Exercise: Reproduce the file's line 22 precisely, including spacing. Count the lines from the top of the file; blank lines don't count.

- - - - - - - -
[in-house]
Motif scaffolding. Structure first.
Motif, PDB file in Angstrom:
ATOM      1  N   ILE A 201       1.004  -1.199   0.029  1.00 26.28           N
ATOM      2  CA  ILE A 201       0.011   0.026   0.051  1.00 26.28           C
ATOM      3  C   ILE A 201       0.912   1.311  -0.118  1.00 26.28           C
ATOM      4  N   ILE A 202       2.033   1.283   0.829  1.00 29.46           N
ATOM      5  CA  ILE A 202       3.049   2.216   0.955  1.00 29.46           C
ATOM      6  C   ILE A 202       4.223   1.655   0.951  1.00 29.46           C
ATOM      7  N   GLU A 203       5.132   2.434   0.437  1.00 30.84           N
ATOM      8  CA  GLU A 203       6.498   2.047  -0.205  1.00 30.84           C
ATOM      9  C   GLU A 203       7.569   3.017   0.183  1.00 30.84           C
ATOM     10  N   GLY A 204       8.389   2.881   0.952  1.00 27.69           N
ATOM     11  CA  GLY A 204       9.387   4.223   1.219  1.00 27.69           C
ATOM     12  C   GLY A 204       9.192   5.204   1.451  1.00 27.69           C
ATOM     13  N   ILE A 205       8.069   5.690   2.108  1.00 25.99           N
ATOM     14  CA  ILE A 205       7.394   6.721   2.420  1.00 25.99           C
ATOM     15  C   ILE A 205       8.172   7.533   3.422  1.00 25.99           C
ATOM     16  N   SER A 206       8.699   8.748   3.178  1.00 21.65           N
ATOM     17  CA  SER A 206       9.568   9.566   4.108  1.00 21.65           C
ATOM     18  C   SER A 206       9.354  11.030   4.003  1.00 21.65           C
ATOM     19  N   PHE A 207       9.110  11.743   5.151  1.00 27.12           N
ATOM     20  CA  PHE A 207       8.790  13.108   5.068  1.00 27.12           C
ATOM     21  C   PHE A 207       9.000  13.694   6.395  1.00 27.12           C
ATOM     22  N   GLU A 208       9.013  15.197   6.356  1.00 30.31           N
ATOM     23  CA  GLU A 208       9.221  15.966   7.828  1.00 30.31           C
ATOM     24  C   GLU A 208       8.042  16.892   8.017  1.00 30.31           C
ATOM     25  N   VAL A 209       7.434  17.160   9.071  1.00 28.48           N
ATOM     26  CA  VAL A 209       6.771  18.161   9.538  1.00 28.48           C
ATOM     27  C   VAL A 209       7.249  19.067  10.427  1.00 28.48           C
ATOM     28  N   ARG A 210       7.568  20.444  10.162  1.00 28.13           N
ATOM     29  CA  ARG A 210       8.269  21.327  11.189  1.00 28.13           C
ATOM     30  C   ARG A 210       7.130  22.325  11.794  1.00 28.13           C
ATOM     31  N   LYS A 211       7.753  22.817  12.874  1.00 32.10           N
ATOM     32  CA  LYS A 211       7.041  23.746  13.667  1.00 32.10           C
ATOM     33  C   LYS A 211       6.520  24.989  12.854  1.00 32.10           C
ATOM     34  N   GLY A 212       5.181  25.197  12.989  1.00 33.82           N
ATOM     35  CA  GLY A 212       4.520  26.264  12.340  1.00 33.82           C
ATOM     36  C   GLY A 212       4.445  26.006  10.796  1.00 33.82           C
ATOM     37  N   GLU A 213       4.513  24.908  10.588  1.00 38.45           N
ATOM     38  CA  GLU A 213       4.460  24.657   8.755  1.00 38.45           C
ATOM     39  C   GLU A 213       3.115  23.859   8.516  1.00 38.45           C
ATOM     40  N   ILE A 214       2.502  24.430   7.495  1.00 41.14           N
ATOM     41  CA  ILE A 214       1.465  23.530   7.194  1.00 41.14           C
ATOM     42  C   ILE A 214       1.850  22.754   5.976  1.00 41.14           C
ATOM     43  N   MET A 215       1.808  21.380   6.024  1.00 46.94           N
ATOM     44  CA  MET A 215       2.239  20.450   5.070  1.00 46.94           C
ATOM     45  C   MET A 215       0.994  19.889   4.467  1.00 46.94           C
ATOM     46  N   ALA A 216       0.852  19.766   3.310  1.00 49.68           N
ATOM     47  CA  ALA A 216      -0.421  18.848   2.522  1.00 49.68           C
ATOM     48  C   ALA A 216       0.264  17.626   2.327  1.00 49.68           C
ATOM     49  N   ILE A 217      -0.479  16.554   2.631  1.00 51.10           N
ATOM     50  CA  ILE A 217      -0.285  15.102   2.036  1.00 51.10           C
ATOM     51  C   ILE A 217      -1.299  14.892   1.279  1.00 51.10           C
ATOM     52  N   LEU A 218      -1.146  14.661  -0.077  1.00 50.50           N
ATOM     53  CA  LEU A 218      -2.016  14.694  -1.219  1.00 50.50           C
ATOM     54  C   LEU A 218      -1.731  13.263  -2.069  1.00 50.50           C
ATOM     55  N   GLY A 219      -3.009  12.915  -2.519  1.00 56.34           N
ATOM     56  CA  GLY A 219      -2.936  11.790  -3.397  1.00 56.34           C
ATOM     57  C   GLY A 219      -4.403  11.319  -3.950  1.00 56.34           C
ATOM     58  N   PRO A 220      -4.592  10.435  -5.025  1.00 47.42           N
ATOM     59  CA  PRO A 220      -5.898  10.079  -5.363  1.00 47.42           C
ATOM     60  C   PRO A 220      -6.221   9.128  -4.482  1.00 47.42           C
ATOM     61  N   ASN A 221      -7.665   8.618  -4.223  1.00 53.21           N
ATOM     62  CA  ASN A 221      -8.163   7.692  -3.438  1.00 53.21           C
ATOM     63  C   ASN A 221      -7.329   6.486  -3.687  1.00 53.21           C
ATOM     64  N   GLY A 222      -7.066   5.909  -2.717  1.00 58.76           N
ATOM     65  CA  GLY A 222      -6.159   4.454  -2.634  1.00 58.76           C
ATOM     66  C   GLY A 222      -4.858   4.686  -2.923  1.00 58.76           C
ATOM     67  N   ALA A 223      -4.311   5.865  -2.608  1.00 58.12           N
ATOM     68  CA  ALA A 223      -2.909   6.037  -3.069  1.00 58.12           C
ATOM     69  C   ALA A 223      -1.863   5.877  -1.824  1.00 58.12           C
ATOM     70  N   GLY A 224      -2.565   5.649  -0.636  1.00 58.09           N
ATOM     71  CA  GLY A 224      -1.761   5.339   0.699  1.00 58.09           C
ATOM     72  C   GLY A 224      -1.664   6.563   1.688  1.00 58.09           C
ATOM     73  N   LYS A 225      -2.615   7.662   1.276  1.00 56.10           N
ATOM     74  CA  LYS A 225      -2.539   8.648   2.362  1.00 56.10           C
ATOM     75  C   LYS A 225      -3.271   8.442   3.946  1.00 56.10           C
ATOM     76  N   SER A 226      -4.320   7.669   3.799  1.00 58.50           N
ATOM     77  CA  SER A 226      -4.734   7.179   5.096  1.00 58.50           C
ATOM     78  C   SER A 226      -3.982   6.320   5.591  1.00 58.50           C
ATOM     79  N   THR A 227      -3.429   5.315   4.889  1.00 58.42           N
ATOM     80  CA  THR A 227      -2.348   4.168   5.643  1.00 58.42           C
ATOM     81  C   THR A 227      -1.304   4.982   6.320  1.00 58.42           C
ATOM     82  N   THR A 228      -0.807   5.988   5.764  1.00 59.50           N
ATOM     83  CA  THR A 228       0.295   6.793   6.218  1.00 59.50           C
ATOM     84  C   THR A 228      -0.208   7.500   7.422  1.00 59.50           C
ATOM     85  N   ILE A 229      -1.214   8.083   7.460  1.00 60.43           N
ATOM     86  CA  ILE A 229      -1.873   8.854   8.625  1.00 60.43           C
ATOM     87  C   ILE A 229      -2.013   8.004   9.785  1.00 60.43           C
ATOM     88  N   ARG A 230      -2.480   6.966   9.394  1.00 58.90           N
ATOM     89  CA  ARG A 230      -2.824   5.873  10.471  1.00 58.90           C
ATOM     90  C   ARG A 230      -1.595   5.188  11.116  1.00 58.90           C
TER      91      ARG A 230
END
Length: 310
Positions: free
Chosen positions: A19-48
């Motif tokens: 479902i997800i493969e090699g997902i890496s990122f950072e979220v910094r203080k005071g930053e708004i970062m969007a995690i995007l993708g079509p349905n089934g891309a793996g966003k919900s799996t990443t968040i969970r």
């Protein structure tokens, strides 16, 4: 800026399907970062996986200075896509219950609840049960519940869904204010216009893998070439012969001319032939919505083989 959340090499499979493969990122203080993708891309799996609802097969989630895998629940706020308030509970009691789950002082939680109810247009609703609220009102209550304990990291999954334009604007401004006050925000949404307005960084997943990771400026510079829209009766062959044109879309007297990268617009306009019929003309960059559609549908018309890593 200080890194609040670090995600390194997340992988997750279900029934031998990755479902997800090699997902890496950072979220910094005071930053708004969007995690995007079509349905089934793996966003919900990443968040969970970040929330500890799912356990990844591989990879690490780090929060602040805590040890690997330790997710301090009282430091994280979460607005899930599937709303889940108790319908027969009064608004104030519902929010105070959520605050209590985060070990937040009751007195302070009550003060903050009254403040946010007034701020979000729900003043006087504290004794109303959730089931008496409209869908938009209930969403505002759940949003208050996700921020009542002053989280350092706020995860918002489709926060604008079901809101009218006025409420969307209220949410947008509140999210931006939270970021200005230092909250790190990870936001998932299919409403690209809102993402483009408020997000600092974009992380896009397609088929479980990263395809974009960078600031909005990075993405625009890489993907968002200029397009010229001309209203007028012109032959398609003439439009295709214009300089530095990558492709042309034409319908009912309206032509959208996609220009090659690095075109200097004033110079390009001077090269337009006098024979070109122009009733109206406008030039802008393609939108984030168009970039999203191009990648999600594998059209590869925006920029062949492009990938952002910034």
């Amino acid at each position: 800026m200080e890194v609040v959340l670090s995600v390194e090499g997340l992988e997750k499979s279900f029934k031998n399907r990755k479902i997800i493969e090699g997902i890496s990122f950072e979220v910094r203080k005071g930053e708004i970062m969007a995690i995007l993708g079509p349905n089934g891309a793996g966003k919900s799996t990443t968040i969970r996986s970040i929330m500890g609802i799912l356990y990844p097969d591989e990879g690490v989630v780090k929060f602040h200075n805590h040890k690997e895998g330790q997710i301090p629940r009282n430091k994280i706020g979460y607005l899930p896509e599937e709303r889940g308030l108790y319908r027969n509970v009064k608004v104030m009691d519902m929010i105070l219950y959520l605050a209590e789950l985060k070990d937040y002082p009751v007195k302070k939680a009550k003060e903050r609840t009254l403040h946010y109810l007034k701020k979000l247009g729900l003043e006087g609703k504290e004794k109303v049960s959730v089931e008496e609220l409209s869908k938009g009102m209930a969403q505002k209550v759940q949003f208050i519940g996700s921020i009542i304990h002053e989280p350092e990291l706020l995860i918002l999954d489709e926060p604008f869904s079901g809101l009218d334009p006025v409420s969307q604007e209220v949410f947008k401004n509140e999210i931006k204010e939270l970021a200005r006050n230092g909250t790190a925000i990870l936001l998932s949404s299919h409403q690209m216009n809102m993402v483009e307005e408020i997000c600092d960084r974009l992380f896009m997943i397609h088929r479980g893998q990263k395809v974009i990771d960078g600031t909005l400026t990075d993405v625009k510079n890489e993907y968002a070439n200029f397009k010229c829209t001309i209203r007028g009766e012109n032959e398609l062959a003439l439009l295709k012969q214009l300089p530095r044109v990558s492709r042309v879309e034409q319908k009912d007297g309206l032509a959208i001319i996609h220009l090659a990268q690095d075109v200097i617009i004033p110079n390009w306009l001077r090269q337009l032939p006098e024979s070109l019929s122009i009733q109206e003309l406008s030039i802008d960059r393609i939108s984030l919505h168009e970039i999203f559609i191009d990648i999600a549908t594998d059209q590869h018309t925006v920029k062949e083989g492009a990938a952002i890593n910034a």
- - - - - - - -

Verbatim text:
ATOM     19  N   PHE A 207       9.110  11.743   5.151  1.00 27.12           N